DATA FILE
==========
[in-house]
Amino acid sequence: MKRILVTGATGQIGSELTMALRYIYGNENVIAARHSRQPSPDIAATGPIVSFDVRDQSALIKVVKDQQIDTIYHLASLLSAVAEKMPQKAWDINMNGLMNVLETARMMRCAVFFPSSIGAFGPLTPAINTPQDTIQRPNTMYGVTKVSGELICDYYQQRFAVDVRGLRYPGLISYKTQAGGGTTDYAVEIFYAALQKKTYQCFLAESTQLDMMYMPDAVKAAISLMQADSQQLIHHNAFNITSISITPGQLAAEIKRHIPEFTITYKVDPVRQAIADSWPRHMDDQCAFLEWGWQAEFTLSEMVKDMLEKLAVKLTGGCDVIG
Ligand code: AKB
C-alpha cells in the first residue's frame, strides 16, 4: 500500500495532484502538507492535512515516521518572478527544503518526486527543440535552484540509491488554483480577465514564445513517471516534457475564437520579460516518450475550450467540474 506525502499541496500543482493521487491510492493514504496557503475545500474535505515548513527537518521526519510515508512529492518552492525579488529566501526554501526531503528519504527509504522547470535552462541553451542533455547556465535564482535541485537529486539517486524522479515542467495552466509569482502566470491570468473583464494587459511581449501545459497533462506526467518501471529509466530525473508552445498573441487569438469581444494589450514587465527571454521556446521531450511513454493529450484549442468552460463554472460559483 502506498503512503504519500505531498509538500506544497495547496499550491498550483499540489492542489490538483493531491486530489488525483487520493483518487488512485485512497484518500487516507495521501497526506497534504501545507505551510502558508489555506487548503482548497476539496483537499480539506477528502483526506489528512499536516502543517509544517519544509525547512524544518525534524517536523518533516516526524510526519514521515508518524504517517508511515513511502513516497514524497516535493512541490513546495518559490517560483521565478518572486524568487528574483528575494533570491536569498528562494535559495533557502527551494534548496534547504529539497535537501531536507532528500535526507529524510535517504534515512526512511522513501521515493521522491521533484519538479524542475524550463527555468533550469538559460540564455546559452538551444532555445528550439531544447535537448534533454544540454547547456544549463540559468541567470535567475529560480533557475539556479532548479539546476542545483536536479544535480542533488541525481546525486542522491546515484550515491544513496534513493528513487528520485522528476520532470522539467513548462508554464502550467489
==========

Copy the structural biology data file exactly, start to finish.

[in-house]
Amino acid sequence: MKRILVTGATGQIGSELTMALRYIYGNENVIAARHSRQPSPDIAATGPIVSFDVRDQSALIKVVKDQQIDTIYHLASLLSAVAEKMPQKAWDINMNGLMNVLETARMMRCAVFFPSSIGAFGPLTPAINTPQDTIQRPNTMYGVTKVSGELICDYYQQRFAVDVRGLRYPGLISYKTQAGGGTTDYAVEIFYAALQKKTYQCFLAESTQLDMMYMPDAVKAAISLMQADSQQLIHHNAFNITSISITPGQLAAEIKRHIPEFTITYKVDPVRQAIADSWPRHMDDQCAFLEWGWQAEFTLSEMVKDMLEKLAVKLTGGCDVIG
Ligand code: AKB
C-alpha cells in the first residue's frame, strides 16, 4: 500500500495532484502538507492535512515516521518572478527544503518526486527543440535552484540509491488554483480577465514564445513517471516534457475564437520579460516518450475550450467540474 506525502499541496500543482493521487491510492493514504496557503475545500474535505515548513527537518521526519510515508512529492518552492525579488529566501526554501526531503528519504527509504522547470535552462541553451542533455547556465535564482535541485537529486539517486524522479515542467495552466509569482502566470491570468473583464494587459511581449501545459497533462506526467518501471529509466530525473508552445498573441487569438469581444494589450514587465527571454521556446521531450511513454493529450484549442468552460463554472460559483 502506498503512503504519500505531498509538500506544497495547496499550491498550483499540489492542489490538483493531491486530489488525483487520493483518487488512485485512497484518500487516507495521501497526506497534504501545507505551510502558508489555506487548503482548497476539496483537499480539506477528502483526506489528512499536516502543517509544517519544509525547512524544518525534524517536523518533516516526524510526519514521515508518524504517517508511515513511502513516497514524497516535493512541490513546495518559490517560483521565478518572486524568487528574483528575494533570491536569498528562494535559495533557502527551494534548496534547504529539497535537501531536507532528500535526507529524510535517504534515512526512511522513501521515493521522491521533484519538479524542475524550463527555468533550469538559460540564455546559452538551444532555445528550439531544447535537448534533454544540454547547456544549463540559468541567470535567475529560480533557475539556479532548479539546476542545483536536479544535480542533488541525481546525486542522491546515484550515491544513496534513493528513487528520485522528476520532470522539467513548462508554464502550467489